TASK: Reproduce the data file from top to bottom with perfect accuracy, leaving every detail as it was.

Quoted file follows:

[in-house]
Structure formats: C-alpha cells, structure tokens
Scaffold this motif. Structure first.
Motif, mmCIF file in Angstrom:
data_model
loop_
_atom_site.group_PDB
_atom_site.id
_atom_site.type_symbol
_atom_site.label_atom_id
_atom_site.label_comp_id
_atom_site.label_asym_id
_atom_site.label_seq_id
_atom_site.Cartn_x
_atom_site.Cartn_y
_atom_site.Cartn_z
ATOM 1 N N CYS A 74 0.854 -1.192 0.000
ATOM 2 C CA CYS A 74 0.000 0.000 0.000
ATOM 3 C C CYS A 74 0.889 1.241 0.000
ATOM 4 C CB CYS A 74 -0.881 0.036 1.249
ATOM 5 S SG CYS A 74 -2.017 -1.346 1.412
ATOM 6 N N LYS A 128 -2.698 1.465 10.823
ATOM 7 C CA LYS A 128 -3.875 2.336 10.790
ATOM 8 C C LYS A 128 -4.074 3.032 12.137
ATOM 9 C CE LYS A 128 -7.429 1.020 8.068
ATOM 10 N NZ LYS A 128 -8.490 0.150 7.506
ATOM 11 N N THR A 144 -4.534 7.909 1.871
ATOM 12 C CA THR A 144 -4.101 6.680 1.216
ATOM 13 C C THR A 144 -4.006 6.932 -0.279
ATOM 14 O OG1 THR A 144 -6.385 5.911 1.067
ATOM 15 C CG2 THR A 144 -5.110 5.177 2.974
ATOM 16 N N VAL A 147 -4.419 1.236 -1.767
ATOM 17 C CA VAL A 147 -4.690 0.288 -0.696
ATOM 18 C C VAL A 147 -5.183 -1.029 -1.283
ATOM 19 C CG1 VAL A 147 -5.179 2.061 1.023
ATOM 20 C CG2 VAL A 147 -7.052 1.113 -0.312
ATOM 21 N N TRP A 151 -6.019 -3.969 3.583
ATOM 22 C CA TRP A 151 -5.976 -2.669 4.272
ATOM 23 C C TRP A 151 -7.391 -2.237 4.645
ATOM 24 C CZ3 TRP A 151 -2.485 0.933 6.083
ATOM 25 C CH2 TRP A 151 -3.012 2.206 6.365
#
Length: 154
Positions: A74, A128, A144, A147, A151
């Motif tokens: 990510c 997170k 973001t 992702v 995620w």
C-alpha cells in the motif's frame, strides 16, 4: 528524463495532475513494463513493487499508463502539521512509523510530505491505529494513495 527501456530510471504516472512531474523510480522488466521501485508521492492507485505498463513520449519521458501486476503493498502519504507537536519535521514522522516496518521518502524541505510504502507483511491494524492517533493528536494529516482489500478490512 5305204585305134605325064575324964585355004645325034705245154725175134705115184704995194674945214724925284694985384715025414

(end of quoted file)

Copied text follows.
[in-house]
Structure formats: C-alpha cells, structure tokens
Scaffold this motif. Structure first.
Motif, mmCIF file in Angstrom:
data_model
loop_
_atom_site.group_PDB
_atom_site.id
_atom_site.type_symbol
_atom_site.label_atom_id
_atom_site.label_comp_id
_atom_site.label_asym_id
_atom_site.label_seq_id
_atom_site.Cartn_x
_atom_site.Cartn_y
_atom_site.Cartn_z
ATOM 1 N N CYS A 74 0.854 -1.192 0.000
ATOM 2 C CA CYS A 74 0.000 0.000 0.000
ATOM 3 C C CYS A 74 0.889 1.241 0.000
ATOM 4 C CB CYS A 74 -0.881 0.036 1.249
ATOM 5 S SG CYS A 74 -2.017 -1.346 1.412
ATOM 6 N N LYS A 128 -2.698 1.465 10.823
ATOM 7 C CA LYS A 128 -3.875 2.336 10.790
ATOM 8 C C LYS A 128 -4.074 3.032 12.137
ATOM 9 C CE LYS A 128 -7.429 1.020 8.068
ATOM 10 N NZ LYS A 128 -8.490 0.150 7.506
ATOM 11 N N THR A 144 -4.534 7.909 1.871
ATOM 12 C CA THR A 144 -4.101 6.680 1.216
ATOM 13 C C THR A 144 -4.006 6.932 -0.279
ATOM 14 O OG1 THR A 144 -6.385 5.911 1.067
ATOM 15 C CG2 THR A 144 -5.110 5.177 2.974
ATOM 16 N N VAL A 147 -4.419 1.236 -1.767
ATOM 17 C CA VAL A 147 -4.690 0.288 -0.696
ATOM 18 C C VAL A 147 -5.183 -1.029 -1.283
ATOM 19 C CG1 VAL A 147 -5.179 2.061 1.023
ATOM 20 C CG2 VAL A 147 -7.052 1.113 -0.312
ATOM 21 N N TRP A 151 -6.019 -3.969 3.583
ATOM 22 C CA TRP A 151 -5.976 -2.669 4.272
ATOM 23 C C TRP A 151 -7.391 -2.237 4.645
ATOM 24 C CZ3 TRP A 151 -2.485 0.933 6.083
ATOM 25 C CH2 TRP A 151 -3.012 2.206 6.365
#
Length: 154
Positions: A74, A128, A144, A147, A151
């Motif tokens: 990510c 997170k 973001t 992702v 995620w």
C-alpha cells in the motif's frame, strides 16, 4: 528524463495532475513494463513493487499508463502539521512509523510530505491505529494513495 527501456530510471504516472512531474523510480522488466521501485508521492492507485505498463513520449519521458501486476503493498502519504507537536519535521514522522516496518521518502524541505510504502507483511491494524492517533493528536494529516482489500478490512 5305204585305134605325064575324964585355004645325034705245154725175134705115184704995194674945214724925284694985384715025414